Lee made meat loaf last week. It was divine as usual. It was the three way mix of beef, pork and turkey with her own special twist. She baked the meat mixture in an oval baking dish that has been in our home since I made it in 1985.
In 1985 I was a student in Brigham Young University’s MFA program. Here is a passage from an article I published a couple of years ago in Studio Potter telling the story of the pot featured above.
“One day in graduate school, I was working on a run of about a dozen baking dishes. I had them laid out on a table and was deciding how to glaze them when a professor passed through the room. He asked in a slightly irritated voice, “What is all this production work?” I mumbled something about Zen aesthetics and the Un- known Craftsman and kept on with my work. Later, when I was inspecting the finished pieces with my wife, she picked out one she wanted for our kitchen. The one she selected grew on me, and at her urging I photographed it and entered it in the 1985 NCECA Members’ Juried Exhibition. My piece was selected for the show. Word spread quickly in our ceramics department that I had gotten a piece into the NCECA show. Soon the same professor was in my studio, wanting to “talk about my work.”
I asked him if he remembered that run of “production work” that he had complained about. I then explained that he and I work differently to get to the same point. His approach involves a series of thumbnail sketches and maquettes, from which one is chosen to be executed full scale. I work by making a lot of pieces in series (read: production work), without a lot of con- scious thought given to each individual piece. After the firing I will select the one or two that have that “thing” that I can’t articulate but rec- ognize when I pick them up and examine them with my eyes and my hands.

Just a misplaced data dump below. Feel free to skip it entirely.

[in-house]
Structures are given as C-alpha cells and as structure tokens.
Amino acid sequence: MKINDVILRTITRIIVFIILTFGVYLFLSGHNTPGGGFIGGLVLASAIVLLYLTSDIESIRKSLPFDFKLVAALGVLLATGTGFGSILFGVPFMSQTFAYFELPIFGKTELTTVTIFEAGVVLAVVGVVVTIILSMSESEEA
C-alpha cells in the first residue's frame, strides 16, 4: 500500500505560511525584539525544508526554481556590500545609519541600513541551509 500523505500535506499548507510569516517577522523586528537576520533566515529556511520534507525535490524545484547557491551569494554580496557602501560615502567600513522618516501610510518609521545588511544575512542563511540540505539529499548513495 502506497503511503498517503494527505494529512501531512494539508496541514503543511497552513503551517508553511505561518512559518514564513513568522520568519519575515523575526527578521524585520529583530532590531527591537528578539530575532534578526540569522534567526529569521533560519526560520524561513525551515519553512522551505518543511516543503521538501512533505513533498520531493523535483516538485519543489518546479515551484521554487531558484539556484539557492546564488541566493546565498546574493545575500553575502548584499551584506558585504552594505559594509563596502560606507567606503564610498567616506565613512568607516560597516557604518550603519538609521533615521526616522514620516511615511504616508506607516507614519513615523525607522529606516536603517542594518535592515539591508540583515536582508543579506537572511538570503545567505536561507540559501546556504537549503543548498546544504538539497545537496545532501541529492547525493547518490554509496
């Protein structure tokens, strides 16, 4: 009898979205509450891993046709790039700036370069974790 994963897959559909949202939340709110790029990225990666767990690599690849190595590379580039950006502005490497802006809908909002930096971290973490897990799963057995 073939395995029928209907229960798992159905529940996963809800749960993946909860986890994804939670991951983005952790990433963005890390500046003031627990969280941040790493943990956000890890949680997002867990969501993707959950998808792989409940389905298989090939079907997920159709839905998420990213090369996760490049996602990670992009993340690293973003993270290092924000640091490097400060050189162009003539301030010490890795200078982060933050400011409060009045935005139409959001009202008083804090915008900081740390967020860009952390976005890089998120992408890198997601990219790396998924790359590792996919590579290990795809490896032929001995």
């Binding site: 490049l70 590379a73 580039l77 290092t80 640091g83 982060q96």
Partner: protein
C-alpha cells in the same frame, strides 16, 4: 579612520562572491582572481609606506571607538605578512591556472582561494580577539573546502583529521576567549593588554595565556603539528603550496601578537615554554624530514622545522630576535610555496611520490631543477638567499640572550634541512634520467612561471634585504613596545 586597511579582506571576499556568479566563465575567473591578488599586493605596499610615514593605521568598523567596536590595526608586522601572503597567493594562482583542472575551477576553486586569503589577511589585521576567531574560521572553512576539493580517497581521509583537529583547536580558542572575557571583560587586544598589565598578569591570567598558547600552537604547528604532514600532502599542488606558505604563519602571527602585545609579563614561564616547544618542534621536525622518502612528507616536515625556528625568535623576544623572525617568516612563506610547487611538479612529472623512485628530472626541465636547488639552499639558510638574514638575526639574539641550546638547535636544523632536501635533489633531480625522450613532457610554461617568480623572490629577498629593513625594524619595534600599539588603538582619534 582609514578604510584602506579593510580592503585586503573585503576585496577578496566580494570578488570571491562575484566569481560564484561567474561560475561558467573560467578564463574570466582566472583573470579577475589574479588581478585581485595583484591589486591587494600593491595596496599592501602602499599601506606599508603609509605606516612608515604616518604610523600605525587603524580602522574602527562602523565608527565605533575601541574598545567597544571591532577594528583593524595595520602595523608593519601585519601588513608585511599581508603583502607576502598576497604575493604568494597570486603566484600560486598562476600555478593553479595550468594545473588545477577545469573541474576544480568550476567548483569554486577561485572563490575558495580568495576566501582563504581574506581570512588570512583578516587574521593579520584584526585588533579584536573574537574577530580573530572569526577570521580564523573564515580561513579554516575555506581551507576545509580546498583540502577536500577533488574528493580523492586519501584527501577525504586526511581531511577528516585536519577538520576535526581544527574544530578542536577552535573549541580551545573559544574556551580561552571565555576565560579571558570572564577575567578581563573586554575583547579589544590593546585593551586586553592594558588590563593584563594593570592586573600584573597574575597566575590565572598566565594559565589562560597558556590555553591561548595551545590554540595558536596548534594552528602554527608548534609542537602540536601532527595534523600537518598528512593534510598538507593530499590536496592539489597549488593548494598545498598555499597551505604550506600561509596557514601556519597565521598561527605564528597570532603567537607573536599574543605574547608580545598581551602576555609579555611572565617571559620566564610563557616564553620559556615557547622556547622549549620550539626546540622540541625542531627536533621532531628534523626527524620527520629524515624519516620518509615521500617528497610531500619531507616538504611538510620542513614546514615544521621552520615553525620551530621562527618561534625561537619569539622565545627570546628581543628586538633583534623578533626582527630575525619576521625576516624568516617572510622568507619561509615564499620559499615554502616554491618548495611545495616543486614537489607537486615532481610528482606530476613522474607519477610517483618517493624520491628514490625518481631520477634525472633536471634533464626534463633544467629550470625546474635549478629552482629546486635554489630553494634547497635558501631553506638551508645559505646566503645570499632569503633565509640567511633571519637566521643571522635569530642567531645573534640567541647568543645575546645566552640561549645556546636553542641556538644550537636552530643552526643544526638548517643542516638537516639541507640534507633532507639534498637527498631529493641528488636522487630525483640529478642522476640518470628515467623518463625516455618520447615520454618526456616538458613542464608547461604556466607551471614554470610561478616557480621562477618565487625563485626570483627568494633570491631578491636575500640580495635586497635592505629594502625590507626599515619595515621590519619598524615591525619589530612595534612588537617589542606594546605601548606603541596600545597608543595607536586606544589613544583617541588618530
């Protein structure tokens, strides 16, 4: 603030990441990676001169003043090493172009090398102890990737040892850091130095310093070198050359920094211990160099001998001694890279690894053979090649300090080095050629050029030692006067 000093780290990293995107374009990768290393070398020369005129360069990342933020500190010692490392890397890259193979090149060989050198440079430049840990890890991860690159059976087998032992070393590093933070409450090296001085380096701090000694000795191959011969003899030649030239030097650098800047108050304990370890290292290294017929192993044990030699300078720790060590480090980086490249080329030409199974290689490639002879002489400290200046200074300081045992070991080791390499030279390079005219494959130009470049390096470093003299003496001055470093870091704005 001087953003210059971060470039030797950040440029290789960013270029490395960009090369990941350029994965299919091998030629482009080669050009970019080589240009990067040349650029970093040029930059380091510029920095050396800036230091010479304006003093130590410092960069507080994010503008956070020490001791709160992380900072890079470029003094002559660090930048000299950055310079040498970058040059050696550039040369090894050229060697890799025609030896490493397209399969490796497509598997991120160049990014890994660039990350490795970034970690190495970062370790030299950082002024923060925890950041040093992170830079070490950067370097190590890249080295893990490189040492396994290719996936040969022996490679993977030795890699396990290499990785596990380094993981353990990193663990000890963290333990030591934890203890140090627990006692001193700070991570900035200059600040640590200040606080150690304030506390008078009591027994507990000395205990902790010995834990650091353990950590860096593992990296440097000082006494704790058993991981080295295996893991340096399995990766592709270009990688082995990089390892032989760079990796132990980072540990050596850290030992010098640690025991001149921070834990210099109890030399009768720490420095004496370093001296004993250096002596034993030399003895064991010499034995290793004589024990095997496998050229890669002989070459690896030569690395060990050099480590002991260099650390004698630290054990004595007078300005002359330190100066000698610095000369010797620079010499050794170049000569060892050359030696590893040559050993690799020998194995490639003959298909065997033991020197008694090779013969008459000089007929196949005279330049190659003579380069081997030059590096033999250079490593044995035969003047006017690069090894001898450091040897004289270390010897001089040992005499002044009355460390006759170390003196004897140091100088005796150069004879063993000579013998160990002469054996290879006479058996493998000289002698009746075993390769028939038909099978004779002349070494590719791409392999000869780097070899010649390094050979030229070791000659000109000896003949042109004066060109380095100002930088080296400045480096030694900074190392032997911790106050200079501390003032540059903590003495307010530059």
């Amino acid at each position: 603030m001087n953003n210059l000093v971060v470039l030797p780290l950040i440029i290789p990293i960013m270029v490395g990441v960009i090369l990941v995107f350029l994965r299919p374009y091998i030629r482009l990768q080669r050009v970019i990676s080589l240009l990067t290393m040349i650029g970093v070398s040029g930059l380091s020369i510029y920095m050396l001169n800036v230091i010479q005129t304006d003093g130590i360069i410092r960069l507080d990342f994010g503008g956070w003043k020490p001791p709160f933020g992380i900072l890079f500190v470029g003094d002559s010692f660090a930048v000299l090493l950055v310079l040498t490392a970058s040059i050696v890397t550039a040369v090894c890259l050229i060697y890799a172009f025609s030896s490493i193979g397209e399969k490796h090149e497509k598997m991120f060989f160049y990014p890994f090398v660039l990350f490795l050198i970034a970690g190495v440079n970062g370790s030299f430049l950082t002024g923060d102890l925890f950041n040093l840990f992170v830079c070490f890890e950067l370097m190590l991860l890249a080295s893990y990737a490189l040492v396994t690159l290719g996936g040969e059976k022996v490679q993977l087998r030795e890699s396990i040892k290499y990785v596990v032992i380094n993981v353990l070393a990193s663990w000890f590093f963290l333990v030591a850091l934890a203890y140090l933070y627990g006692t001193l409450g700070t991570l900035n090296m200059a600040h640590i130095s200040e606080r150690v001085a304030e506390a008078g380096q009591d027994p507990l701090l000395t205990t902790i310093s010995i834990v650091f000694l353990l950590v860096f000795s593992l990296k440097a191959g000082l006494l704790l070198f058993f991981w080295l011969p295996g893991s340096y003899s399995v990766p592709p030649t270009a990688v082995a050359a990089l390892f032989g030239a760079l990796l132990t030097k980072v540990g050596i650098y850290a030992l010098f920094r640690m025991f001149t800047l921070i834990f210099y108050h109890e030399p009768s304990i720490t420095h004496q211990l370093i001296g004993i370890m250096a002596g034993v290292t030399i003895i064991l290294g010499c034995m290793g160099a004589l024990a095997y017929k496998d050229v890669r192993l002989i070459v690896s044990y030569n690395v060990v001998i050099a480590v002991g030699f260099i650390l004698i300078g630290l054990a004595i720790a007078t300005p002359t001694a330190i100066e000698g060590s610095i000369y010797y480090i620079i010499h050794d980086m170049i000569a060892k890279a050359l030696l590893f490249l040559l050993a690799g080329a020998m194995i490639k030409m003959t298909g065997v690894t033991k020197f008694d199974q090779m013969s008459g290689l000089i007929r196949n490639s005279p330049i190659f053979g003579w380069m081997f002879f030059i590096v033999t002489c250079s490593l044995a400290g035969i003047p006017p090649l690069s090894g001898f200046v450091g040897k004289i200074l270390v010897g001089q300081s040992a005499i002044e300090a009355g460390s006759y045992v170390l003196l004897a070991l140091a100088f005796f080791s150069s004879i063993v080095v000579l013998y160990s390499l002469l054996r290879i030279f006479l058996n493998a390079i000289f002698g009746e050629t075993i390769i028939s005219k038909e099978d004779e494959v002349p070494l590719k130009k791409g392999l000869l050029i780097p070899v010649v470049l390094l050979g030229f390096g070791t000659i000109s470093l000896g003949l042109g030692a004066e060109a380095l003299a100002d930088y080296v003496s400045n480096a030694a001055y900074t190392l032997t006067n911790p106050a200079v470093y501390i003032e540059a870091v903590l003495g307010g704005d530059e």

When I was in San Antonio for the conference, a friend and I were visiting with a young woman who had a piece in the show. Her piece was an intellectually driven sculptural vessel that addressed how women are often tied to domestic drudgery in their traditional roles. It was a very smart and well executed piece and I enjoyed looking at it. She was not aware that I had a piece in the show when she said to us, “Did you see that “pot” in the show, you know, the casserole?” Her tone and diction didn’t speak of admiration, but of disdain. I wouldn’t have said anything, but my friend piped up, “Oh yeah, that is Joe’s piece.” She was embarrassed and I was amused. It was clear to me that my mundane pot, with its intentionally understated aesthetic and requiring touch and use for communication, was fighting an uphill battle for appreciation in that academic arena.”
That was all a lot of years ago. The dish is still in use in our kitchen where it risks wear, tear and possible breakage, but it has the best life a pot can have.